first, Adam is totally right that you should only turn to meta programming if it is truely necessary and plain OOP doesn't yield a solution. However, what you describe might be an "advice" as in AOP. This would mean that your "condition check" should be viewed as an "aspect" of your object model. In this case you could simulate a pointcut by using the Rails before filter in your controllers/application.rb.
class ApplicationController < ActionController::Base
In the "check_condition" method you could indeed use some rather ugly meta programming to call a validation method on your model (I didn't actually test this code, but something like this might work):
controller_name = self.class.to_s plural_name = controller_name.sub('Controller', '') model_name = plural_name.classify my_model = model.name.constantize my_model.check_condition(some_params)
Although I don't know whether this code works as is if you just copy/paste, you should be able to see the idea. I first get the name of the controller class (e.g. "ProjectsController"). Next I strip the "Controller" part to only get the pluralized name of the model (Rails convention, e.g. "Projects"). "classify" turns a plural name into a singular model name ("singularize" would probably also be possible here; e.g. "Project"). Finally "constantize" turns a string into a class on which you can call the static "check_condition" method (this method you would have to define for each model class).
I hope this helps. If anyone out there knows a more elegant solution (apart from Aquarium for Ruby ;)), please let us know!
Again, don't be too quick to jump to metaprogramming for something like this. Tried and true object orientation will eliminate your code duplication far more easily and cleanly. You could put the validation on a base class and have each of the classes you care about derive from that class. Using inheritance in this way makes more sense if your classes have some form of substitutable relationship above and beyond the validation. Alternately, you could put your validation into a module and include it into each class. For example:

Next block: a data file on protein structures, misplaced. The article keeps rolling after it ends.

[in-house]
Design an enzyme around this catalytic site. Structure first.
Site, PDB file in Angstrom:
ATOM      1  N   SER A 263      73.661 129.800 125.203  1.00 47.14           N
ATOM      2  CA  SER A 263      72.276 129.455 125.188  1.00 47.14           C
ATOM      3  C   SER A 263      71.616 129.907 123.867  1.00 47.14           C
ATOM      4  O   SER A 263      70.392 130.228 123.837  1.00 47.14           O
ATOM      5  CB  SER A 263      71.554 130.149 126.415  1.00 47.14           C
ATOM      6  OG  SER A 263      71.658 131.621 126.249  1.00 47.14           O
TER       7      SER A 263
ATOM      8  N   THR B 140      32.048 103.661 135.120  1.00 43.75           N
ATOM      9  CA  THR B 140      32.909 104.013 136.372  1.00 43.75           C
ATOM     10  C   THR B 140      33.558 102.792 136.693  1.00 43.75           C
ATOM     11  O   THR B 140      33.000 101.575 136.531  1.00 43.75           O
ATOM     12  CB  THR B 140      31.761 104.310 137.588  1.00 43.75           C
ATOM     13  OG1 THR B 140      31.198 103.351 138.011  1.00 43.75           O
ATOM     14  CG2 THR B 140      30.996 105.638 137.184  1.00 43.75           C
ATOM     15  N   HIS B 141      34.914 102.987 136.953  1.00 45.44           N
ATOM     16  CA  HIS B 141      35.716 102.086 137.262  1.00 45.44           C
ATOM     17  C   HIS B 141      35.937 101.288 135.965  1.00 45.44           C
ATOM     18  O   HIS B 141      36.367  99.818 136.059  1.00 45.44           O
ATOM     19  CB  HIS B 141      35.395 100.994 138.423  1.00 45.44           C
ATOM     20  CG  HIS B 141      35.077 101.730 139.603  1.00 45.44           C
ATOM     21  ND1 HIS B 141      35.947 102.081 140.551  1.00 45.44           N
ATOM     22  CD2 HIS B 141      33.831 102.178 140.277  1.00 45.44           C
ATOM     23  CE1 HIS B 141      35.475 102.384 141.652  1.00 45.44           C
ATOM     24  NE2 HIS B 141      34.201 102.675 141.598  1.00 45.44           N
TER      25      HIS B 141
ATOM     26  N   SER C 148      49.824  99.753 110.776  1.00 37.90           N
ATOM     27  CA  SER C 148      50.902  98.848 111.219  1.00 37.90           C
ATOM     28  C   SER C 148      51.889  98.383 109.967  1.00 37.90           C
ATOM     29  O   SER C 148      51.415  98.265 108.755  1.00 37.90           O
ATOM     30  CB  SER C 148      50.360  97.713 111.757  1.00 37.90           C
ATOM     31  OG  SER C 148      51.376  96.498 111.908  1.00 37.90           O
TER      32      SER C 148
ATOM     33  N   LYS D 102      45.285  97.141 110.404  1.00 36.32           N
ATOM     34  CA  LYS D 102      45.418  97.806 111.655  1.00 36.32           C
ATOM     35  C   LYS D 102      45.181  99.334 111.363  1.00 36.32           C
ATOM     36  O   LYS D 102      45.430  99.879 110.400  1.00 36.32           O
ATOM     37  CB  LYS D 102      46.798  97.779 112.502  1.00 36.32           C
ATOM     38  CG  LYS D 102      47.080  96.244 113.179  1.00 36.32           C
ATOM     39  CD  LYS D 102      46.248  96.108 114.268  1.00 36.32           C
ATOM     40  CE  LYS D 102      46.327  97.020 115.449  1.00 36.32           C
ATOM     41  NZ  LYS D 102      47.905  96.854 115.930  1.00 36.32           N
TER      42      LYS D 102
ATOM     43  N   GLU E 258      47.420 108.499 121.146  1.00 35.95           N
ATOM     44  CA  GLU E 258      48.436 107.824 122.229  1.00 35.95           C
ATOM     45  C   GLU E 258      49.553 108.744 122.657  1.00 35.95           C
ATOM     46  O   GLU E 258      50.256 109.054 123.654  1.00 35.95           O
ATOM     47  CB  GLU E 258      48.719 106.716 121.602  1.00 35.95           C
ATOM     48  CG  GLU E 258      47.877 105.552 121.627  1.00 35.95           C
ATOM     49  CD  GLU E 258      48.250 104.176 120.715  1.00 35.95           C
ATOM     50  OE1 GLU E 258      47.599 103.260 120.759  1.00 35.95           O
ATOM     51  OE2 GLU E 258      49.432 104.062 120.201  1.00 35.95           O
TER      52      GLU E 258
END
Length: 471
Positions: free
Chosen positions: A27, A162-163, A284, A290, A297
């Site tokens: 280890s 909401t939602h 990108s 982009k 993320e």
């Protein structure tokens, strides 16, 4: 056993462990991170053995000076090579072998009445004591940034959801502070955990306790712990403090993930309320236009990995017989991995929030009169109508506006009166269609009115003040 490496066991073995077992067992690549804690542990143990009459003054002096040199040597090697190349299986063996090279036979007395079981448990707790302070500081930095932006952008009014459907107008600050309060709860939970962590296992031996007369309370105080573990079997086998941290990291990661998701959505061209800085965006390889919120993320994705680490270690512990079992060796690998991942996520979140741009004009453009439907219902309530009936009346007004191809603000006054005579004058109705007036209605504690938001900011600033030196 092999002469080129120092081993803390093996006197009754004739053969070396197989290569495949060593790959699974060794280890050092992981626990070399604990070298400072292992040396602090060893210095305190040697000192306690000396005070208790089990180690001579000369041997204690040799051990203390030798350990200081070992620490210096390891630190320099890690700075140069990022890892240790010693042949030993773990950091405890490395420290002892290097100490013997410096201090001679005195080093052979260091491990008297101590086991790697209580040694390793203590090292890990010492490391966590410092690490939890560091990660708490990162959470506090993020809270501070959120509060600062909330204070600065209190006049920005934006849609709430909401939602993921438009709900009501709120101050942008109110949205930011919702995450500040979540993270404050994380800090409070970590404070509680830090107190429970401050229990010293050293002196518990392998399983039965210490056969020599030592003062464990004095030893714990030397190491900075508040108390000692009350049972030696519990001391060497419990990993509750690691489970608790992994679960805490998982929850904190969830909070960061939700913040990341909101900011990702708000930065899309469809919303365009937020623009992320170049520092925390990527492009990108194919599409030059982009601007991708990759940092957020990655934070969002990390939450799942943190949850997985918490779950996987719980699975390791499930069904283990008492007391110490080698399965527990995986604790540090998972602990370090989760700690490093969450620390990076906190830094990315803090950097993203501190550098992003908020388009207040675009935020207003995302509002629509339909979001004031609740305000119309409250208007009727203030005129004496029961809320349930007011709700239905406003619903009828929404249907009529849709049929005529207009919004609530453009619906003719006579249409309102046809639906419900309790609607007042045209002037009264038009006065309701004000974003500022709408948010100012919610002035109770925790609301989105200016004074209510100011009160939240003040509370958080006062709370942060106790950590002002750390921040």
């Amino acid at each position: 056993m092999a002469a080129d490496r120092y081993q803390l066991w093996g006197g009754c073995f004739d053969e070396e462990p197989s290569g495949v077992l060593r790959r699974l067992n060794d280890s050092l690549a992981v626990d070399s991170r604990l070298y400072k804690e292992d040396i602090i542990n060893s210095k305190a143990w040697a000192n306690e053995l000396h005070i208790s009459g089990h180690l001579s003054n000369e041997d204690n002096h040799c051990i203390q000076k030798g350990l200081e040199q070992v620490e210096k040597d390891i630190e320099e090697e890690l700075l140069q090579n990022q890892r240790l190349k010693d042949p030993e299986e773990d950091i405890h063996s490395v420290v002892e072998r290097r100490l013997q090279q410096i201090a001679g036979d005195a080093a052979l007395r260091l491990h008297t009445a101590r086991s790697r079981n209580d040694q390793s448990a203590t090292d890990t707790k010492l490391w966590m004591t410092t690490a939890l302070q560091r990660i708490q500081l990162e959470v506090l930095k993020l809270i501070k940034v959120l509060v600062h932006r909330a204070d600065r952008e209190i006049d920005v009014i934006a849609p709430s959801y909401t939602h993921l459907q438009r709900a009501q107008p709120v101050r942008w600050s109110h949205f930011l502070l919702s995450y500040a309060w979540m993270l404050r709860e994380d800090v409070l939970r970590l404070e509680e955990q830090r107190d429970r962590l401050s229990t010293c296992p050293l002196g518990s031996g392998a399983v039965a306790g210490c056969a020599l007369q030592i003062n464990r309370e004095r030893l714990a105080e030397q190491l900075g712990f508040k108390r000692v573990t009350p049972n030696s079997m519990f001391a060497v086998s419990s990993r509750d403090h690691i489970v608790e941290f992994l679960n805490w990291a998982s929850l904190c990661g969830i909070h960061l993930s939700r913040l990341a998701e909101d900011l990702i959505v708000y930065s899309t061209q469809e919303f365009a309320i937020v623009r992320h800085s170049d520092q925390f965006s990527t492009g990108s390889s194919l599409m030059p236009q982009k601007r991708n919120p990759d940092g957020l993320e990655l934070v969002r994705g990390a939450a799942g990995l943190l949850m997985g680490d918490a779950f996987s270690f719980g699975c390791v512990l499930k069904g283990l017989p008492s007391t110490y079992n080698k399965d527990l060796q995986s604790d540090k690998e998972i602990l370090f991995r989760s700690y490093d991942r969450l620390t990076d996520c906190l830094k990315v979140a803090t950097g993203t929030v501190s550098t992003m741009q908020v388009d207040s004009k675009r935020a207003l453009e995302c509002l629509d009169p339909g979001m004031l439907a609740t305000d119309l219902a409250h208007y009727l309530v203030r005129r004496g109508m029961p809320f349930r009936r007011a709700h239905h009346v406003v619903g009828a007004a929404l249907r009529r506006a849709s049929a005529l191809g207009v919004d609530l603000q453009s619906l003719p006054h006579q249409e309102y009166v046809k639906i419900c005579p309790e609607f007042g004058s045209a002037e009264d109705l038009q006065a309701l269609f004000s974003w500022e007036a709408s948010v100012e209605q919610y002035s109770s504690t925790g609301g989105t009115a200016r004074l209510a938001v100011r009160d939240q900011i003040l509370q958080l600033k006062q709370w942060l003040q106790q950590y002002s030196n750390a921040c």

def self.included(klass) klass.instance_eval do validate :thing_is_within_limit end end private def thing_is_within_limit ... end
Thanks for the reply. A validation would work. However, what I'm trying to do is to avoid code duplication (which lead me down the metaprogramming path). Is there a way to create a custom validation that you could use against multiple models? For instance....
XXXXX being the model that I'm validating against
I realize this won't help you work on your metaprogramming, but I believe you want to change Project.some_condition to Project.some_validation and then call #save in your controller.
I'm not clear how you would use metaprogramming to do what you've described. More fundamentally, I'd suggest that you avoid trying to use metaprogramming to solve problems that don't require metaprogramming; doing so will just make your code more difficult to maintain and understand. If you're interested in learning more about how metaprogramming works Dave Thomas has a nice set of screencasts on the topic that are easy to follow.
I have multiple controllers that I need to have call a method in the corresponding model to check a condition when the user attempts to create a new object. If the condition is met then I would like to redirect the user back to the index page. If the condition is not met then I would like to continue with the create.
For example, if I am in a model called "Project". I would like the controller to fire the method Project.some_condition before the create method. If the condition is true then do X else do Y.
Thank you in advance! Also, I know that I can put a before_create filter in each model but I'm trying to learn how to do this via metaprogramming.